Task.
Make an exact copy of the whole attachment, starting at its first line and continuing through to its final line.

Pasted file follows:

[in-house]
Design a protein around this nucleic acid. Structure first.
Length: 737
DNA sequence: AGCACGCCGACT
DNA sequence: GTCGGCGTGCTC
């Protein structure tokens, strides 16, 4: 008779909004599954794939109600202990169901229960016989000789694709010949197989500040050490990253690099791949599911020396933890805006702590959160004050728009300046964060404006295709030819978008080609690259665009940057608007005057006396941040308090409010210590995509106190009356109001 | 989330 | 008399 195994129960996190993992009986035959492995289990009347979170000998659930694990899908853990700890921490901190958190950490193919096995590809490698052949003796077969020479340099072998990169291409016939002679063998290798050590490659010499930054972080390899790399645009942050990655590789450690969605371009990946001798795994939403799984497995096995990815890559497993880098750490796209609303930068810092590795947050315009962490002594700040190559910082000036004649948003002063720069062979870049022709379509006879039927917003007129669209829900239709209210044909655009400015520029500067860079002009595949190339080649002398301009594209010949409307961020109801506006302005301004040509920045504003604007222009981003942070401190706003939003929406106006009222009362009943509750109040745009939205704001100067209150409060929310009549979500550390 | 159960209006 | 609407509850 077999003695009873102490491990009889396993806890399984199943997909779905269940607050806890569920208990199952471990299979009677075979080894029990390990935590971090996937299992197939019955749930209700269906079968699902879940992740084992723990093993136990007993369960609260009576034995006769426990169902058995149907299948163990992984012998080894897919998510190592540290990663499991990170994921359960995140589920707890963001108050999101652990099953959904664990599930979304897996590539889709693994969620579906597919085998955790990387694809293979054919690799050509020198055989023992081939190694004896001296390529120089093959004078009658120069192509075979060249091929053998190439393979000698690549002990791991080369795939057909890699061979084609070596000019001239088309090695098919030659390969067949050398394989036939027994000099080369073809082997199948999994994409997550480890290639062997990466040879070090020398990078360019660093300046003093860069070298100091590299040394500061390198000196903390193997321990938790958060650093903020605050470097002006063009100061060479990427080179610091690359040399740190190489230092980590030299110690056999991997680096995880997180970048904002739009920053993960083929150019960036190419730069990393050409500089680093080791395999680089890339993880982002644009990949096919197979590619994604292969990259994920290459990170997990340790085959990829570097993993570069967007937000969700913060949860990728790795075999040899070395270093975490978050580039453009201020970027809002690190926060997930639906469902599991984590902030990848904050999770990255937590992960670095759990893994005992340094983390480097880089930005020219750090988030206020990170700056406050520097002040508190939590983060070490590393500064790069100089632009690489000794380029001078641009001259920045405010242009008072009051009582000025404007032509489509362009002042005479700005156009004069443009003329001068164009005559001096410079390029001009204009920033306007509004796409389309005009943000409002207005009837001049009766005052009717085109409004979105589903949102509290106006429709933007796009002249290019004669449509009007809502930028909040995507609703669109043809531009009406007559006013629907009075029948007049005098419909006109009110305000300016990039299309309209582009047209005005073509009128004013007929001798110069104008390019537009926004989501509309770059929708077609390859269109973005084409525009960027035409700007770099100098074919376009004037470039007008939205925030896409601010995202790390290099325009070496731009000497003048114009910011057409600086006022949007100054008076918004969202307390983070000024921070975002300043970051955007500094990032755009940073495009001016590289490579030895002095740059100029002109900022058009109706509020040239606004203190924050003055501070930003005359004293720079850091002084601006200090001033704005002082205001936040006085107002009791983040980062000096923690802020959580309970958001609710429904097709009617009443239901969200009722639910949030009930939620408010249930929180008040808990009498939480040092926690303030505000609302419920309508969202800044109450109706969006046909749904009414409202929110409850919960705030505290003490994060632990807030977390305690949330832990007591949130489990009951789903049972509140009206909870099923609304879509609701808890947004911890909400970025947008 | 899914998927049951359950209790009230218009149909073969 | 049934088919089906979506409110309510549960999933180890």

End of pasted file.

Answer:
[in-house]
Design a protein around this nucleic acid. Structure first.
Length: 737
DNA sequence: AGCACGCCGACT
DNA sequence: GTCGGCGTGCTC
């Protein structure tokens, strides 16, 4: 008779909004599954794939109600202990169901229960016989000789694709010949197989500040050490990253690099791949599911020396933890805006702590959160004050728009300046964060404006295709030819978008080609690259665009940057608007005057006396941040308090409010210590995509106190009356109001 | 989330 | 008399 195994129960996190993992009986035959492995289990009347979170000998659930694990899908853990700890921490901190958190950490193919096995590809490698052949003796077969020479340099072998990169291409016939002679063998290798050590490659010499930054972080390899790399645009942050990655590789450690969605371009990946001798795994939403799984497995096995990815890559497993880098750490796209609303930068810092590795947050315009962490002594700040190559910082000036004649948003002063720069062979870049022709379509006879039927917003007129669209829900239709209210044909655009400015520029500067860079002009595949190339080649002398301009594209010949409307961020109801506006302005301004040509920045504003604007222009981003942070401190706003939003929406106006009222009362009943509750109040745009939205704001100067209150409060929310009549979500550390 | 159960209006 | 609407509850 077999003695009873102490491990009889396993806890399984199943997909779905269940607050806890569920208990199952471990299979009677075979080894029990390990935590971090996937299992197939019955749930209700269906079968699902879940992740084992723990093993136990007993369960609260009576034995006769426990169902058995149907299948163990992984012998080894897919998510190592540290990663499991990170994921359960995140589920707890963001108050999101652990099953959904664990599930979304897996590539889709693994969620579906597919085998955790990387694809293979054919690799050509020198055989023992081939190694004896001296390529120089093959004078009658120069192509075979060249091929053998190439393979000698690549002990791991080369795939057909890699061979084609070596000019001239088309090695098919030659390969067949050398394989036939027994000099080369073809082997199948999994994409997550480890290639062997990466040879070090020398990078360019660093300046003093860069070298100091590299040394500061390198000196903390193997321990938790958060650093903020605050470097002006063009100061060479990427080179610091690359040399740190190489230092980590030299110690056999991997680096995880997180970048904002739009920053993960083929150019960036190419730069990393050409500089680093080791395999680089890339993880982002644009990949096919197979590619994604292969990259994920290459990170997990340790085959990829570097993993570069967007937000969700913060949860990728790795075999040899070395270093975490978050580039453009201020970027809002690190926060997930639906469902599991984590902030990848904050999770990255937590992960670095759990893994005992340094983390480097880089930005020219750090988030206020990170700056406050520097002040508190939590983060070490590393500064790069100089632009690489000794380029001078641009001259920045405010242009008072009051009582000025404007032509489509362009002042005479700005156009004069443009003329001068164009005559001096410079390029001009204009920033306007509004796409389309005009943000409002207005009837001049009766005052009717085109409004979105589903949102509290106006429709933007796009002249290019004669449509009007809502930028909040995507609703669109043809531009009406007559006013629907009075029948007049005098419909006109009110305000300016990039299309309209582009047209005005073509009128004013007929001798110069104008390019537009926004989501509309770059929708077609390859269109973005084409525009960027035409700007770099100098074919376009004037470039007008939205925030896409601010995202790390290099325009070496731009000497003048114009910011057409600086006022949007100054008076918004969202307390983070000024921070975002300043970051955007500094990032755009940073495009001016590289490579030895002095740059100029002109900022058009109706509020040239606004203190924050003055501070930003005359004293720079850091002084601006200090001033704005002082205001936040006085107002009791983040980062000096923690802020959580309970958001609710429904097709009617009443239901969200009722639910949030009930939620408010249930929180008040808990009498939480040092926690303030505000609302419920309508969202800044109450109706969006046909749904009414409202929110409850919960705030505290003490994060632990807030977390305690949330832990007591949130489990009951789903049972509140009206909870099923609304879509609701808890947004911890909400970025947008 | 899914998927049951359950209790009230218009149909073969 | 049934088919089906979506409110309510549960999933180890």